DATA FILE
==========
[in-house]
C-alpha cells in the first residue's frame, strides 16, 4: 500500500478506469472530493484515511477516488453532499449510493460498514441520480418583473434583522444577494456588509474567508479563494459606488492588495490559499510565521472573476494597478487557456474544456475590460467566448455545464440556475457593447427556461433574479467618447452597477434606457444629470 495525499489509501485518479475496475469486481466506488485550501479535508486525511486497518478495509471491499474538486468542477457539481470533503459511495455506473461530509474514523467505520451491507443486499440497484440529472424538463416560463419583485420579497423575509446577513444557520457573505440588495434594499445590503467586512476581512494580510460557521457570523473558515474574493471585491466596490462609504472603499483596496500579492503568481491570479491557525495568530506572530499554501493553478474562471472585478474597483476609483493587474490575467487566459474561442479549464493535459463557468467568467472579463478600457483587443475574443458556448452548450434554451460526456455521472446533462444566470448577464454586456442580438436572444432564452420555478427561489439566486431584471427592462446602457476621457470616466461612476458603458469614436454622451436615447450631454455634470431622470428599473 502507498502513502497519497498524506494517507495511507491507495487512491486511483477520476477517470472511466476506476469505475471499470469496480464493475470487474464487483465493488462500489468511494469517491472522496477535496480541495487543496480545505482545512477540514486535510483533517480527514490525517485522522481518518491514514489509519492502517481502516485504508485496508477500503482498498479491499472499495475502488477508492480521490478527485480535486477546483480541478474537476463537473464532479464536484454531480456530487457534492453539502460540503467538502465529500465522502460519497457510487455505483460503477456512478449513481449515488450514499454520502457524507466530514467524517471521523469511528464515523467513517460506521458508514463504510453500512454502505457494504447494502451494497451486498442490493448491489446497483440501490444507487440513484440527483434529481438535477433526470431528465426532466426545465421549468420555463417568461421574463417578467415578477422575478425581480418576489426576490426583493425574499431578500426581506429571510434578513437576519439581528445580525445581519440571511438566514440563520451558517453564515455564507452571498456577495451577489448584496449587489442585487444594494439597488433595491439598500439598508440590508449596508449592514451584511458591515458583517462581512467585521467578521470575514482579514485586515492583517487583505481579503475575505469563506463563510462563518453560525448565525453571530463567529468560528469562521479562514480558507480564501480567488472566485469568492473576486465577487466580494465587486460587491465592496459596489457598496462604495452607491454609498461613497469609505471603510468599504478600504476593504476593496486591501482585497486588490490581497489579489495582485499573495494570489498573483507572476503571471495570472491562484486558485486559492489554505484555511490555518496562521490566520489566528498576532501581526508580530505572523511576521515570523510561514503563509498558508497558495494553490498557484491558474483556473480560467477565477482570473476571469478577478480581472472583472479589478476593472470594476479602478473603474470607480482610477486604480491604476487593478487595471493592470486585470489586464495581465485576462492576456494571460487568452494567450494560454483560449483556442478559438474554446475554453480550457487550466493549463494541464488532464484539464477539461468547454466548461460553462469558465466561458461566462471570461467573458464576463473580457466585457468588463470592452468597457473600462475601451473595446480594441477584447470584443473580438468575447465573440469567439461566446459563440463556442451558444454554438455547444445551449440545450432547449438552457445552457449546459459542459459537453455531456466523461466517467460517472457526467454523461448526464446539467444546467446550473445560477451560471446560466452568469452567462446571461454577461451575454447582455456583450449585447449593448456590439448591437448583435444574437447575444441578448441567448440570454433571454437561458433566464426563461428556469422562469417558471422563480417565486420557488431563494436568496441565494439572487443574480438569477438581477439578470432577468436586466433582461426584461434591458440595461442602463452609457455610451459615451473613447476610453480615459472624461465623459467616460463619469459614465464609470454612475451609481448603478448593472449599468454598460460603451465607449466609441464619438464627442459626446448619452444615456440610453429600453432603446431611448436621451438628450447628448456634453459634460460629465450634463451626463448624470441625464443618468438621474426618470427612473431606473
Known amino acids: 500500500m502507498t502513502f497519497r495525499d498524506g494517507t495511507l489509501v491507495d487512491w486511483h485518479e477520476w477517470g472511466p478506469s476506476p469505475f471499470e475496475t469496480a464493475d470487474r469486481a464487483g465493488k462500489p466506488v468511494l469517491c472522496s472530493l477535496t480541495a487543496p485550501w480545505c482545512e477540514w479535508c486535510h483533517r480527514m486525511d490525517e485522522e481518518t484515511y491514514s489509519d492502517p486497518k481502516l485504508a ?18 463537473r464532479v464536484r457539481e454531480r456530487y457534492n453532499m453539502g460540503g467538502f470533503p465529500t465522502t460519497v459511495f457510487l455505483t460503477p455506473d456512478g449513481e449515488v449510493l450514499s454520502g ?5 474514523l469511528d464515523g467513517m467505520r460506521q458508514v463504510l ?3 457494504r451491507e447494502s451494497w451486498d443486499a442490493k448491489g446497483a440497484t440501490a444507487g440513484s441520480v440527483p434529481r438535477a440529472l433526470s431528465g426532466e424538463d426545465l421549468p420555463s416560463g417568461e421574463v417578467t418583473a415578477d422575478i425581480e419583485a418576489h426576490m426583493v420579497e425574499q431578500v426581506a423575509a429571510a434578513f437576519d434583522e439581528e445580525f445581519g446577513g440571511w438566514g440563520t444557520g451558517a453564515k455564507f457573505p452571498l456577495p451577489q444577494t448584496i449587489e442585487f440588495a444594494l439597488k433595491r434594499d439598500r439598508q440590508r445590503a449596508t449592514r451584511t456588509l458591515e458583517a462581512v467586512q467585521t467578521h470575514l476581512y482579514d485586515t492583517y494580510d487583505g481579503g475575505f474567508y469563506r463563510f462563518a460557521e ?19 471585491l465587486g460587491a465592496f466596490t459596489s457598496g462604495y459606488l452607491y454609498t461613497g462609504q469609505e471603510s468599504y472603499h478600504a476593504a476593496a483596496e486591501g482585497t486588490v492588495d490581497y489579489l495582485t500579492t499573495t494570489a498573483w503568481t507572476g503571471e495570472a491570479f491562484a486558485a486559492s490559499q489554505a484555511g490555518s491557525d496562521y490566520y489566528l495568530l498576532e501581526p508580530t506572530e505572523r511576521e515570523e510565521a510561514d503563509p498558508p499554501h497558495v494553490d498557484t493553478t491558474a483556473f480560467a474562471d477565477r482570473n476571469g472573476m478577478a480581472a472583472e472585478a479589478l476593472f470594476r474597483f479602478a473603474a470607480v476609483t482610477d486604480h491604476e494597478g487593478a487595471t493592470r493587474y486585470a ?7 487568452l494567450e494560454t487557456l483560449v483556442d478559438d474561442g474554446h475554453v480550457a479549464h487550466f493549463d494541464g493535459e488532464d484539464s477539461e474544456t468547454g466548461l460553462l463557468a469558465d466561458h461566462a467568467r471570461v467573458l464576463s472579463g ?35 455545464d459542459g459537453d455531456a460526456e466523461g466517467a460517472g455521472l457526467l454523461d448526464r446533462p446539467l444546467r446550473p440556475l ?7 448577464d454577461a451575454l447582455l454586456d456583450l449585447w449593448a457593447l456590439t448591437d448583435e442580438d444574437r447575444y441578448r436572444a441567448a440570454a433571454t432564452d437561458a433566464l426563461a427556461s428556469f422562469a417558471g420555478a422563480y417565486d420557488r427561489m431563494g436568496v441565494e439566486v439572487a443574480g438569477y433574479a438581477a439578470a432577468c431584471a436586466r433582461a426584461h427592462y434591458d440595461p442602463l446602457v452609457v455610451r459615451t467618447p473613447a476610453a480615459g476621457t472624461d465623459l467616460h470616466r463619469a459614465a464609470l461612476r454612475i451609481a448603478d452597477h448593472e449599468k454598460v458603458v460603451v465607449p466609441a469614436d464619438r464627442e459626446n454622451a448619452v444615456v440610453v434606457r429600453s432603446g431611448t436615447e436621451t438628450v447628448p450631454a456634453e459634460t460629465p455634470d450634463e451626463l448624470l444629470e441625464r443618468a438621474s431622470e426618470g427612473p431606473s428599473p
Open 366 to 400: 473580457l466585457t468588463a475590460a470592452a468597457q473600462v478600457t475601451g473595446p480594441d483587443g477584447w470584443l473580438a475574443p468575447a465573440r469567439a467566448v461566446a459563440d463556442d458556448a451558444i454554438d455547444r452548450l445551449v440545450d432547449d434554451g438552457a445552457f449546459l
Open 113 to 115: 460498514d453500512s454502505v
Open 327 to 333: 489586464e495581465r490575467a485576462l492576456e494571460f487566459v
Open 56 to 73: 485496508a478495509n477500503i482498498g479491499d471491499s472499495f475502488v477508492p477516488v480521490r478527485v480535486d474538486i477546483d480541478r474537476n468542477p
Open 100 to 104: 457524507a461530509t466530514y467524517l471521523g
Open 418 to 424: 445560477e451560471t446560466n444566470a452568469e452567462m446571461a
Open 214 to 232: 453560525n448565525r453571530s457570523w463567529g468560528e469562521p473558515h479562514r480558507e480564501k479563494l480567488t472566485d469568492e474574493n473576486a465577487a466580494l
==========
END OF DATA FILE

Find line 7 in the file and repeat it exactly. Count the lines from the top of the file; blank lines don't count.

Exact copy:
Open 56 to 73: 485496508a478495509n477500503i482498498g479491499d471491499s472499495f475502488v477508492p477516488v480521490r478527485v480535486d474538486i477546483d480541478r474537476n468542477p